I checked the quotes from the Alice in Wonderland-like tea party that masqueraded as a Congressional vote late Saturday night. According to multiple press reports, the Mad Hatters were smitten by their own omnipotence and had a few drinks to boot. One Mad Hatter House member, Rep. John Culberson of Texas couldn't restrain himself when he reportedly told his fellow Mad Hatter colleagues, "I said, like 9/11, 'let's roll!'" You have to admire an analogy that equates passengers sacrificing their lives to bring down a hijacked airplane bound for D.C. to Mad Hatters throwing a temper tantrum to shutdown government if they didn't get their way to stop millions of American the opportunity to buy health insurance. This Obamacare as terrorism is a new analogy but I suspect we will see even more creative analogies in the days ahead. Perhaps Culberson was one of those who drank too much firewater Saturday.
No, I kept searching in this Samuel Beckett theatre of the absurd for a more accurate rhetorical rendering of Mad Hatter political logic. Michele Bachmann, the Red Queen of the anti-Obamacare crusade, was giddy Sautrday night, Tweeting and saying that people would be "grateful" for this heroic stand by the Mad Hatters. "It’s exactly what we wanted, and we got it,” said Bachmann who once claimed that Obamacare would kill women, children and seniors. That a lack of adequate health care coverage might kill women, children and seniors seemingly never crossed Bachmann's mind.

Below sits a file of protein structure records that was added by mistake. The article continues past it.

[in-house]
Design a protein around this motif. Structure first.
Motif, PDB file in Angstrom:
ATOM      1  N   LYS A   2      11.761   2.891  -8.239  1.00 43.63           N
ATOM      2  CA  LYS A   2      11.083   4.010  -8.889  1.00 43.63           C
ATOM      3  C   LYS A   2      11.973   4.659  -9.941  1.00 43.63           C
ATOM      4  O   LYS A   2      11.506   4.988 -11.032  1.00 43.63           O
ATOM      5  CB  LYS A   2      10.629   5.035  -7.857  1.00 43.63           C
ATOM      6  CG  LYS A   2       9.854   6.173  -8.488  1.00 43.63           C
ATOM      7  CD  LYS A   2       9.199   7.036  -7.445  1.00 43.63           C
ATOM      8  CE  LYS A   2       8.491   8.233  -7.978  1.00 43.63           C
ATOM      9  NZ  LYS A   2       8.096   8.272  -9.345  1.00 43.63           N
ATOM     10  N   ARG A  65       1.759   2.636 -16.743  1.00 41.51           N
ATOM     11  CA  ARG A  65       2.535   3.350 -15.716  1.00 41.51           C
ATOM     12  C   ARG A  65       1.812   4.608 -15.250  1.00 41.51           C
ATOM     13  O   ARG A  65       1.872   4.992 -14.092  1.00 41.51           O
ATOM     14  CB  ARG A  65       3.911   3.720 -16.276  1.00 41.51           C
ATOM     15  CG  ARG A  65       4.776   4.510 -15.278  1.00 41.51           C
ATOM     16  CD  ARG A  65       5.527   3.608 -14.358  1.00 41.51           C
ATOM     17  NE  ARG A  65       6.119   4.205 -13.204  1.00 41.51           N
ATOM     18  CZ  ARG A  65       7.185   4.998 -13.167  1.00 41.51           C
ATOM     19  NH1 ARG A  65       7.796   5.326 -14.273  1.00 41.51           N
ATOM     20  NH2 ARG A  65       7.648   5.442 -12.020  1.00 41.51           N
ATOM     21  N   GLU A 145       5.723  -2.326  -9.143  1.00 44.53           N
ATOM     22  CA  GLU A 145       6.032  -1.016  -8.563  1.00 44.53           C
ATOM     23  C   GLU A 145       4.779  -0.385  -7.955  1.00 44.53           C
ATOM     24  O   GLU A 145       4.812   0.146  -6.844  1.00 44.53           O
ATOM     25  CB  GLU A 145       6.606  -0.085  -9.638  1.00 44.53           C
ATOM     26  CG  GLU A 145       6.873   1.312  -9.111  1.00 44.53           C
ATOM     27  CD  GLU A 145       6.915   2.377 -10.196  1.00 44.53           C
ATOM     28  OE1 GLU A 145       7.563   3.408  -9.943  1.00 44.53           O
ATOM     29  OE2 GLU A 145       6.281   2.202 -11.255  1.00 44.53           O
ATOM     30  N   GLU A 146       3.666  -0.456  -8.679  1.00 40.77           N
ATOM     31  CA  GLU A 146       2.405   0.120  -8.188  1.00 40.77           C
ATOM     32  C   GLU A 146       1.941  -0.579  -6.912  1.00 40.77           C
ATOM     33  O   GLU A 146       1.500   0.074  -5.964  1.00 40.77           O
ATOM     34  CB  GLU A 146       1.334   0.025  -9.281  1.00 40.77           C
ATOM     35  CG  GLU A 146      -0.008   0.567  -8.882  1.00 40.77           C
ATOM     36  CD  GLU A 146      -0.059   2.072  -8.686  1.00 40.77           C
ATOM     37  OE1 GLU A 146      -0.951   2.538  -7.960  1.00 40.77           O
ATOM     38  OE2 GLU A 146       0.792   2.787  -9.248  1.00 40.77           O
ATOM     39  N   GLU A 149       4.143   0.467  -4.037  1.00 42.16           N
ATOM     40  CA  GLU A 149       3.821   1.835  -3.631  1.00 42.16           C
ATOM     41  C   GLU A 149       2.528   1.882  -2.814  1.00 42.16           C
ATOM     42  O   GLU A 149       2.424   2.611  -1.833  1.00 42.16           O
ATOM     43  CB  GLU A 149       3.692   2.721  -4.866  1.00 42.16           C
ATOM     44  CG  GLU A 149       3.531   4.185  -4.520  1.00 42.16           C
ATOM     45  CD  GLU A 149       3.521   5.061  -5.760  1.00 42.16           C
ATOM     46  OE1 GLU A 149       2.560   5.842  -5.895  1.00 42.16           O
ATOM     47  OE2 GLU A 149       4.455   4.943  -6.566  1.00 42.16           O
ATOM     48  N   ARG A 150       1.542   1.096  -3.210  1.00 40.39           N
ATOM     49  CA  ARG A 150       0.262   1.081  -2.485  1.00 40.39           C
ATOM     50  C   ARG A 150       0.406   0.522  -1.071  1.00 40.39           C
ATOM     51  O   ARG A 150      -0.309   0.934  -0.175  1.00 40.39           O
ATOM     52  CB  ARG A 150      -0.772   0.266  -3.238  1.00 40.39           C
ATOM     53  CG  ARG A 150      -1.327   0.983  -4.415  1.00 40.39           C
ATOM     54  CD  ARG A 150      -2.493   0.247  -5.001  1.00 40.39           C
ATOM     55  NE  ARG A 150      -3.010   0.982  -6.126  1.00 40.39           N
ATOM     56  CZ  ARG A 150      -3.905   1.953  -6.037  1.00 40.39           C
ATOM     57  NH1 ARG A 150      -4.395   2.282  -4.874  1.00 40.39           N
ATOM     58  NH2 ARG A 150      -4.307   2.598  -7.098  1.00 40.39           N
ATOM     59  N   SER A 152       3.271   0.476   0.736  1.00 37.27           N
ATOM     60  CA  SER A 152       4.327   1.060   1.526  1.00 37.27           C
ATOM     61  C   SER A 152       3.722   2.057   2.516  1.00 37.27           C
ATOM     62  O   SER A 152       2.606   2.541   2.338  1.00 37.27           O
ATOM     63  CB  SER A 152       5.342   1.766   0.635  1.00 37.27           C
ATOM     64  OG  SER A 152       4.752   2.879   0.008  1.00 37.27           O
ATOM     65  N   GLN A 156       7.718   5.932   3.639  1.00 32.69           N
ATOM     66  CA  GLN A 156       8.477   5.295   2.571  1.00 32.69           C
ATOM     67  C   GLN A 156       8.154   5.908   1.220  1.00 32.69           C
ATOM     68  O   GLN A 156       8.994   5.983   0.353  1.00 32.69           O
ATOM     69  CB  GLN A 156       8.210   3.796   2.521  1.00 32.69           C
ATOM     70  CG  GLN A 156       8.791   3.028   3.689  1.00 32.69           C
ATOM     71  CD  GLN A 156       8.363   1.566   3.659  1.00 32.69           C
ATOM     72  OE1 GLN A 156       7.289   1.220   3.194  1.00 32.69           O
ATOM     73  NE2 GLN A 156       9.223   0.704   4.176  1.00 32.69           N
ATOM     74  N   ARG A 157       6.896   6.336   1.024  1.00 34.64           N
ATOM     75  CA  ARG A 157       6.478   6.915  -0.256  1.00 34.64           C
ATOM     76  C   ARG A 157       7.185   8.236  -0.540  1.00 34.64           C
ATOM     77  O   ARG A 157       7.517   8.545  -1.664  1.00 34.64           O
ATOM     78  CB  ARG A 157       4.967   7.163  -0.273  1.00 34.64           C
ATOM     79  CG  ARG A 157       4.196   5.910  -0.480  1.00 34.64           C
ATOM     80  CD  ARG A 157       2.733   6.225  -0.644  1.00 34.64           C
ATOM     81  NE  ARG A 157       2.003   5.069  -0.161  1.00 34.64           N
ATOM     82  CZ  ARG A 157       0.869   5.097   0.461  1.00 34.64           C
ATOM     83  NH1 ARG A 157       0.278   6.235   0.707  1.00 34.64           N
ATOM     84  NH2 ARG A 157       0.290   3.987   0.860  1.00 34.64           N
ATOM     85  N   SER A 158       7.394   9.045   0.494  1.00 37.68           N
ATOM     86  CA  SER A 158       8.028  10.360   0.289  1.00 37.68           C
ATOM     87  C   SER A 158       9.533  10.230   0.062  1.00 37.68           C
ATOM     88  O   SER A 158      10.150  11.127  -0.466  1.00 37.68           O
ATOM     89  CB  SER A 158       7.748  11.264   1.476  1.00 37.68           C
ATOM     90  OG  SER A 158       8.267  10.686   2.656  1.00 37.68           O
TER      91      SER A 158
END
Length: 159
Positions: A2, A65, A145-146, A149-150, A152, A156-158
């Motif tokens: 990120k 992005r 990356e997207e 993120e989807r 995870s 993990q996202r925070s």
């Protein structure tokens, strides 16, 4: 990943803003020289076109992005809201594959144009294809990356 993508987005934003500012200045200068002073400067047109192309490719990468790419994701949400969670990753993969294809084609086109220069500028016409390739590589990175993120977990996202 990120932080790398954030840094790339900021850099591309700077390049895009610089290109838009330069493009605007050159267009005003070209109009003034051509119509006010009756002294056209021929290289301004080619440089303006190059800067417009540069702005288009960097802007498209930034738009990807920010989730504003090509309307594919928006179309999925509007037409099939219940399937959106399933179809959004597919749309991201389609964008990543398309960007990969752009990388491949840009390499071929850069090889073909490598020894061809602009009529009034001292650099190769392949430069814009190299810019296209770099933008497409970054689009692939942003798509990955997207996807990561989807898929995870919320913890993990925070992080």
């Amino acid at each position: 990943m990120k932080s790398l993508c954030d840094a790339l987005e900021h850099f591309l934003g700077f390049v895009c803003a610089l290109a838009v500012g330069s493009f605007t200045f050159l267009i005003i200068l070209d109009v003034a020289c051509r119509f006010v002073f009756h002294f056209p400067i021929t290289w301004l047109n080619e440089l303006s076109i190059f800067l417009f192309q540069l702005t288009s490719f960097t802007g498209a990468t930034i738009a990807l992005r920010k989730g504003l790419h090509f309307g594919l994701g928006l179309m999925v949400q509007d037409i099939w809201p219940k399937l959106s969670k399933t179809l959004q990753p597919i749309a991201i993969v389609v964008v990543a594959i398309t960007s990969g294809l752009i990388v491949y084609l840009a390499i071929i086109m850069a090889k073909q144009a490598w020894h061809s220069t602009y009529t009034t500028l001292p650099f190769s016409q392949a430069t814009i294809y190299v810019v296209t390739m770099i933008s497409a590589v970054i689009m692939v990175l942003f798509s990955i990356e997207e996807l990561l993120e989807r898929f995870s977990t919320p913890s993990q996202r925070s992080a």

There was plenty of Mad Hatter talk about saving the country from the institutionalized socialism of Obamacare and other such high-minded ideals from a parallel universe -- a universe void of consequences to the shutting down of government or perhaps later, defaulting on the debt. Worrying about consequences, after all, is for the weak and feeble minded and of no concern when the world must be protected from moochers and takers. I finally found what what I was looking for not in press reports or the Congressional Record but in the Lewis Carroll catalog of cheerful delusions.
“If I had a world of my own, everything would be nonsense. Nothing would be what it is, because everything would be what it isn't. And contrary wise, what is, it wouldn't be. And what it wouldn't be, it would. You see?”No, that wasn't House Speaker John Boehner, who has decided to throw in his lot with the Mad Hatters. That was Alice, a young girl lost in her imagination. But had Boehner stood up and talked about the wonders of nonsense, he would have been applauded for the speech. As it was, the Mad Hatters congratulated themselves on government funding bill that would delay Obamacare for a year, eliminate a tax to help fund health care reform, and allow employers to deny contraceptive coverage to their workers. Though it has a zero percent chance of passage, Boehner stood firm and warned that if Senate Democrats didn't pass the Mad Hatter measure it would be act "of breathtaking arrogance."
Or Boehner could have borrowed directly from the original Mad Hatter himself who famously said "You can always take more than nothing."